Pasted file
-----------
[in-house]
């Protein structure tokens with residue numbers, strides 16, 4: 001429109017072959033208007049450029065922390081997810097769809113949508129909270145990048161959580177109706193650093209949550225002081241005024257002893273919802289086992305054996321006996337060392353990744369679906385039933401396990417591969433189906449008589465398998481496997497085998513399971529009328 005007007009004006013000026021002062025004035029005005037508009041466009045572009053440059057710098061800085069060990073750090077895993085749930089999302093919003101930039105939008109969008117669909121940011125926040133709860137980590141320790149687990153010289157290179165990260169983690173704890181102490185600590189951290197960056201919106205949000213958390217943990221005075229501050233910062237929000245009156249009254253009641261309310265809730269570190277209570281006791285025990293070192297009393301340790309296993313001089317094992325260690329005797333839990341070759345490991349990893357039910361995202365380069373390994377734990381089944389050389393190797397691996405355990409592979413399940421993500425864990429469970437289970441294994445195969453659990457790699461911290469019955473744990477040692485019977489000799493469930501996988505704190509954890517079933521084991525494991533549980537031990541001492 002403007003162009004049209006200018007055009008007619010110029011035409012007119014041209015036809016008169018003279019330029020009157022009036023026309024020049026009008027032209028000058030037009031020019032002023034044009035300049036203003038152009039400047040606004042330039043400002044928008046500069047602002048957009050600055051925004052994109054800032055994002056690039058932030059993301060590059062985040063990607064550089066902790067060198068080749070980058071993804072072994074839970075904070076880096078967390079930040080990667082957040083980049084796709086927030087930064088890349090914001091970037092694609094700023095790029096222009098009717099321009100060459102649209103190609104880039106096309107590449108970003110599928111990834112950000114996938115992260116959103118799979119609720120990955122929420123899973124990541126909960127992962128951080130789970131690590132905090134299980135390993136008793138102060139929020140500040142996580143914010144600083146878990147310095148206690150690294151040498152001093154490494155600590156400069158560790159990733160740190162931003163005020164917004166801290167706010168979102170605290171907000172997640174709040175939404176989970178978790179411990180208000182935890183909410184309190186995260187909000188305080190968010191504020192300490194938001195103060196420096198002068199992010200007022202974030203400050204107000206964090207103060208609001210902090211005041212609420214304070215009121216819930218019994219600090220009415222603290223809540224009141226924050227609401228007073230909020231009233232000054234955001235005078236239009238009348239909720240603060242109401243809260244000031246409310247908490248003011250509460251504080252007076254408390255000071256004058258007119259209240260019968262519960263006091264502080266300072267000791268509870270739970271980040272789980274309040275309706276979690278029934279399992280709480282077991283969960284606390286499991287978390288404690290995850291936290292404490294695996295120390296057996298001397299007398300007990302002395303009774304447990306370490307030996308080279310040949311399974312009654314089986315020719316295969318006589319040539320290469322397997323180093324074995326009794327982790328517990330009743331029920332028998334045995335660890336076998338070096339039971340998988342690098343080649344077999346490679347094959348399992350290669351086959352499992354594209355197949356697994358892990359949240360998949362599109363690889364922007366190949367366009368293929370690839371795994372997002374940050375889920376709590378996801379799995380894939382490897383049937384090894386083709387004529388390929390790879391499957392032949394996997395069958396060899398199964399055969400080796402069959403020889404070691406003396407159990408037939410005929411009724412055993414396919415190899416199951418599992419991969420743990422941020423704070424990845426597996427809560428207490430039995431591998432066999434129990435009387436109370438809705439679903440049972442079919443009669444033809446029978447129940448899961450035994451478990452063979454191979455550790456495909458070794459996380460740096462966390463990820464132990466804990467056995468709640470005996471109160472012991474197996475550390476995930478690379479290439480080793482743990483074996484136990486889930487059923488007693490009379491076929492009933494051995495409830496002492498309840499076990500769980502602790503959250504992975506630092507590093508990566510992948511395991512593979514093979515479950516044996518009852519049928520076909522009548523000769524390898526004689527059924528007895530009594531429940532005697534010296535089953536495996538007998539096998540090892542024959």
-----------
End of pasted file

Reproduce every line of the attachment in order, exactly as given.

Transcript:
[in-house]
């Protein structure tokens with residue numbers, strides 16, 4: 001429109017072959033208007049450029065922390081997810097769809113949508129909270145990048161959580177109706193650093209949550225002081241005024257002893273919802289086992305054996321006996337060392353990744369679906385039933401396990417591969433189906449008589465398998481496997497085998513399971529009328 005007007009004006013000026021002062025004035029005005037508009041466009045572009053440059057710098061800085069060990073750090077895993085749930089999302093919003101930039105939008109969008117669909121940011125926040133709860137980590141320790149687990153010289157290179165990260169983690173704890181102490185600590189951290197960056201919106205949000213958390217943990221005075229501050233910062237929000245009156249009254253009641261309310265809730269570190277209570281006791285025990293070192297009393301340790309296993313001089317094992325260690329005797333839990341070759345490991349990893357039910361995202365380069373390994377734990381089944389050389393190797397691996405355990409592979413399940421993500425864990429469970437289970441294994445195969453659990457790699461911290469019955473744990477040692485019977489000799493469930501996988505704190509954890517079933521084991525494991533549980537031990541001492 002403007003162009004049209006200018007055009008007619010110029011035409012007119014041209015036809016008169018003279019330029020009157022009036023026309024020049026009008027032209028000058030037009031020019032002023034044009035300049036203003038152009039400047040606004042330039043400002044928008046500069047602002048957009050600055051925004052994109054800032055994002056690039058932030059993301060590059062985040063990607064550089066902790067060198068080749070980058071993804072072994074839970075904070076880096078967390079930040080990667082957040083980049084796709086927030087930064088890349090914001091970037092694609094700023095790029096222009098009717099321009100060459102649209103190609104880039106096309107590449108970003110599928111990834112950000114996938115992260116959103118799979119609720120990955122929420123899973124990541126909960127992962128951080130789970131690590132905090134299980135390993136008793138102060139929020140500040142996580143914010144600083146878990147310095148206690150690294151040498152001093154490494155600590156400069158560790159990733160740190162931003163005020164917004166801290167706010168979102170605290171907000172997640174709040175939404176989970178978790179411990180208000182935890183909410184309190186995260187909000188305080190968010191504020192300490194938001195103060196420096198002068199992010200007022202974030203400050204107000206964090207103060208609001210902090211005041212609420214304070215009121216819930218019994219600090220009415222603290223809540224009141226924050227609401228007073230909020231009233232000054234955001235005078236239009238009348239909720240603060242109401243809260244000031246409310247908490248003011250509460251504080252007076254408390255000071256004058258007119259209240260019968262519960263006091264502080266300072267000791268509870270739970271980040272789980274309040275309706276979690278029934279399992280709480282077991283969960284606390286499991287978390288404690290995850291936290292404490294695996295120390296057996298001397299007398300007990302002395303009774304447990306370490307030996308080279310040949311399974312009654314089986315020719316295969318006589319040539320290469322397997323180093324074995326009794327982790328517990330009743331029920332028998334045995335660890336076998338070096339039971340998988342690098343080649344077999346490679347094959348399992350290669351086959352499992354594209355197949356697994358892990359949240360998949362599109363690889364922007366190949367366009368293929370690839371795994372997002374940050375889920376709590378996801379799995380894939382490897383049937384090894386083709387004529388390929390790879391499957392032949394996997395069958396060899398199964399055969400080796402069959403020889404070691406003396407159990408037939410005929411009724412055993414396919415190899416199951418599992419991969420743990422941020423704070424990845426597996427809560428207490430039995431591998432066999434129990435009387436109370438809705439679903440049972442079919443009669444033809446029978447129940448899961450035994451478990452063979454191979455550790456495909458070794459996380460740096462966390463990820464132990466804990467056995468709640470005996471109160472012991474197996475550390476995930478690379479290439480080793482743990483074996484136990486889930487059923488007693490009379491076929492009933494051995495409830496002492498309840499076990500769980502602790503959250504992975506630092507590093508990566510992948511395991512593979514093979515479950516044996518009852519049928520076909522009548523000769524390898526004689527059924528007895530009594531429940532005697534010296535089953536495996538007998539096998540090892542024959």